Floods in North Island Spark Armyworm Warning

NEW ZEALAND - DairyNZ is warning Northland dairy farmers about a possible population explosion of armyworm, caused by recent flooding.
calendar icon 3 April 2012
clock icon 1 minute read

DairyNZ regional leader for Northland Tafi Manjala says farmers need to deal with the caterpillar pest quickly to curb its spread.

“Pastures that have been flooded are at high risk as the eggs get washed to the flooded areas and caterpillars hatch just in time to attack the re-sown new grass,” says Mr Manjala.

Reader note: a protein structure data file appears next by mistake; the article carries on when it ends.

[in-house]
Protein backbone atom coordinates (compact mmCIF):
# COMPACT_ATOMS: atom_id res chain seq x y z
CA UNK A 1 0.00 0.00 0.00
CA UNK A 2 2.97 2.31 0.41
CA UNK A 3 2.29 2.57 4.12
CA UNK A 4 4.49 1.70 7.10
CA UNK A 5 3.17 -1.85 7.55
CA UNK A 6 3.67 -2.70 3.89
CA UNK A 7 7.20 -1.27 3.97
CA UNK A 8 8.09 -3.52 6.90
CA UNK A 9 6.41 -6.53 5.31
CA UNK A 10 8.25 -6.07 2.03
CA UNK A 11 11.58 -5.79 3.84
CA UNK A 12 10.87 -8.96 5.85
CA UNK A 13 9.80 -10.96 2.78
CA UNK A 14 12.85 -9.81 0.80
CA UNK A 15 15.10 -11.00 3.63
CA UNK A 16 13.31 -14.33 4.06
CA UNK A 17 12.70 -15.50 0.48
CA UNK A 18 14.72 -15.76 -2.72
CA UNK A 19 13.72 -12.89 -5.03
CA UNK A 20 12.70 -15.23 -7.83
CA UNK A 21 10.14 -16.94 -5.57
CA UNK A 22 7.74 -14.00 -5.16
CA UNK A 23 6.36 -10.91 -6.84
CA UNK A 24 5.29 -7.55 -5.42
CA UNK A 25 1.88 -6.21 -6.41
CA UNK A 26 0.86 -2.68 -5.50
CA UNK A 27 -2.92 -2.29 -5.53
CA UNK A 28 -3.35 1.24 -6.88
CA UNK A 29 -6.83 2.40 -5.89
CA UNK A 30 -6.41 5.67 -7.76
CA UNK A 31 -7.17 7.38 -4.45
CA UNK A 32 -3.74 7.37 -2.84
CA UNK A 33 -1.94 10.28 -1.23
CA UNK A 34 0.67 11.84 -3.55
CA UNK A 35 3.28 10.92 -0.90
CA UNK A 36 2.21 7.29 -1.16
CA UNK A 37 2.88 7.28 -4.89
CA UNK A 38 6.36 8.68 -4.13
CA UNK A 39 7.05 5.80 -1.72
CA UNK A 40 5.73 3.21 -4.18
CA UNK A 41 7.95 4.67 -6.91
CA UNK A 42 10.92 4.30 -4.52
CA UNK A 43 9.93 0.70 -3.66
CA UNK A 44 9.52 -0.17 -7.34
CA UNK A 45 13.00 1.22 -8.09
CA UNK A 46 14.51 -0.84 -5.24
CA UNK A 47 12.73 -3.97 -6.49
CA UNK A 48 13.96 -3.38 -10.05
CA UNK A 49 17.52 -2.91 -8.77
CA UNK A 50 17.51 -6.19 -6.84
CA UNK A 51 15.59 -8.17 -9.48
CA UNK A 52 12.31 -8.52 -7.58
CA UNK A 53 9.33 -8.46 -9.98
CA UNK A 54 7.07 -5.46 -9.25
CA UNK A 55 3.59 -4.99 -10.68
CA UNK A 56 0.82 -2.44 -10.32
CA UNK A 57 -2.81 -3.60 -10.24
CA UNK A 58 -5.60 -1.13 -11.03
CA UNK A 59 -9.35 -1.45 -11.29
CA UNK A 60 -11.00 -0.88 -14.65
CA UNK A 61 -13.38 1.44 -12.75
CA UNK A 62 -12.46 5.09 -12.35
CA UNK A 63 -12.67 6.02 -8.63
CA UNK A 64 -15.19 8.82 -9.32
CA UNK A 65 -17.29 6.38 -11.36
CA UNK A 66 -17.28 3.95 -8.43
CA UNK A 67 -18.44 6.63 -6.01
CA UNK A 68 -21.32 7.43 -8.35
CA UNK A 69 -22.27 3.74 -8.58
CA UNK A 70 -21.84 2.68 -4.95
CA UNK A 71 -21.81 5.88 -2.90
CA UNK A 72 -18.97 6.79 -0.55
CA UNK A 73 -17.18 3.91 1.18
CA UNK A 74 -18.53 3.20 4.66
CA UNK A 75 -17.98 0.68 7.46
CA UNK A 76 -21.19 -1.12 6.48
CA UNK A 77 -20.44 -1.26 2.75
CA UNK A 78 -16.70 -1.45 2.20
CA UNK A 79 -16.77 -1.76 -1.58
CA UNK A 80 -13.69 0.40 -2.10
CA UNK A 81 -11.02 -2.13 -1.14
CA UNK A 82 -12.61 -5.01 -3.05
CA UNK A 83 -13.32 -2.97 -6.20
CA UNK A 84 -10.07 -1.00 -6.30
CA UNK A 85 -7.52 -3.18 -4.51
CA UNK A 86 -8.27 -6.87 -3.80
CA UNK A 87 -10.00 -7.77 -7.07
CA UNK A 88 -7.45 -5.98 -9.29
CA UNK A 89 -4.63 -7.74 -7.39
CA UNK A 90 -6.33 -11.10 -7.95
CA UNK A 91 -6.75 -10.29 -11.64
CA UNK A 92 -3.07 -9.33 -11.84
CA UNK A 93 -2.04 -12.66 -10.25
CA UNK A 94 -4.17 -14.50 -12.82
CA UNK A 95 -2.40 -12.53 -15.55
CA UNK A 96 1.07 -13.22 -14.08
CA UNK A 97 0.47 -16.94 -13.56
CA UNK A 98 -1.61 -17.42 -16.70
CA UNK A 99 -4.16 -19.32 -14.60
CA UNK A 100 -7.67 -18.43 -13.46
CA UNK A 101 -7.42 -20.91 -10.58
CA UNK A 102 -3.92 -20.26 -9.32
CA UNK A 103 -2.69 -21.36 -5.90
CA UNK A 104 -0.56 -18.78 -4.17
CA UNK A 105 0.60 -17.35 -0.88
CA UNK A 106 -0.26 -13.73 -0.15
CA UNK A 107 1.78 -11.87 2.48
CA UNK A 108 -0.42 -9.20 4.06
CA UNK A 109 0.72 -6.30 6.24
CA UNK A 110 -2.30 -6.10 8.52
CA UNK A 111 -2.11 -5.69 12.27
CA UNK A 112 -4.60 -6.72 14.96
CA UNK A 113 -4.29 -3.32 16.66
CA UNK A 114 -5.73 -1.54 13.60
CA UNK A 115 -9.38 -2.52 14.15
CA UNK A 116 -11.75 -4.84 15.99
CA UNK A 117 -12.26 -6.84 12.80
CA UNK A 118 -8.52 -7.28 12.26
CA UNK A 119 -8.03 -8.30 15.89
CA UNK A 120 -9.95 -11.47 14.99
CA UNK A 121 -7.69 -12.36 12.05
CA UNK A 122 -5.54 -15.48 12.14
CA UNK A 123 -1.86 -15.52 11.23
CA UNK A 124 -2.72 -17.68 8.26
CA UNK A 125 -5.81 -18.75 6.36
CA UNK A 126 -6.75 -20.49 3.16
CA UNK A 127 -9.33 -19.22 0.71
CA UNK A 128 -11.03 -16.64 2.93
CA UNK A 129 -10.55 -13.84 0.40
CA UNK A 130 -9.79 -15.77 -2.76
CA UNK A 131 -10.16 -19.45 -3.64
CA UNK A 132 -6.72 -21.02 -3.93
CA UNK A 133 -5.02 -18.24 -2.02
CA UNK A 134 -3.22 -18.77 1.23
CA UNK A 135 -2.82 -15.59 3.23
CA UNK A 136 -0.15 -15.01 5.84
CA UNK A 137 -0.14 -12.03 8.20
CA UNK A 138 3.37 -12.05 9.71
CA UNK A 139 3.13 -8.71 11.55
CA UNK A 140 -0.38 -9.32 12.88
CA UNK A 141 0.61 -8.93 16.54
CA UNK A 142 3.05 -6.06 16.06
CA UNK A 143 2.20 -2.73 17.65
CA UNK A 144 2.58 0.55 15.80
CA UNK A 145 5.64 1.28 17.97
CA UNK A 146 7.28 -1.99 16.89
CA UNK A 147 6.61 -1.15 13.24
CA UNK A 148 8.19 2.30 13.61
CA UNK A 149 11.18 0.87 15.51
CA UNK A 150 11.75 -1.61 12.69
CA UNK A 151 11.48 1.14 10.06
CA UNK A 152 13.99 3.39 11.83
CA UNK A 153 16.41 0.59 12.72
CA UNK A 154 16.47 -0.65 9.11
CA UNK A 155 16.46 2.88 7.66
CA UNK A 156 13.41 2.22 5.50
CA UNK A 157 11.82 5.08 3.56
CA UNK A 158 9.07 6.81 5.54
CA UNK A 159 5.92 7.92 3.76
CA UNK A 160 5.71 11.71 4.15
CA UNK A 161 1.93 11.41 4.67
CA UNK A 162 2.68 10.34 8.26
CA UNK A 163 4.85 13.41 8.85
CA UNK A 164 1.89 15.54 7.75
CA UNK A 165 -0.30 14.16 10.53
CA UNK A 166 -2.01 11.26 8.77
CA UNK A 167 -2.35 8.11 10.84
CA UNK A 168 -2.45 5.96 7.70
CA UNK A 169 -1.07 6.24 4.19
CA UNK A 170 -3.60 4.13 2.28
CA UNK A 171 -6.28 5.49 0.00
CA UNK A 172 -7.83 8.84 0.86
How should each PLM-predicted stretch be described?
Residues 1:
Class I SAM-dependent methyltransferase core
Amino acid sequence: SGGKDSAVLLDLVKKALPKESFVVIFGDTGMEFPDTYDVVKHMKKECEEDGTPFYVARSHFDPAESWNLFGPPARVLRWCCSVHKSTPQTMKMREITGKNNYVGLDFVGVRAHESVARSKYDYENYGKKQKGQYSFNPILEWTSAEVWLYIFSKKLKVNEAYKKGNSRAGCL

“If you have an armyworm infestation we advise you to contact your merchant or spray contractor for advice on what to spray,” he says. “Check your new pasture now and if you have an infestation, hit them hard and hit them fast.”

“Sprays with the active ingredient chlorpyrifos or diazinon are registered for use in pasture.”

The name armyworm comes from the way the caterpillars ‘march’ across a field in formation, eating all suitable plant material in their path. Colours vary. Caterpillars grow up to 50mm long. Populations decline as winter starts.

In summer the eggs hatch within a week and the caterpillars take about three to four weeks to fully develop. The pupal stage lasts about two weeks and the female moth begins laying eggs about four days after it emerges from the pupa.

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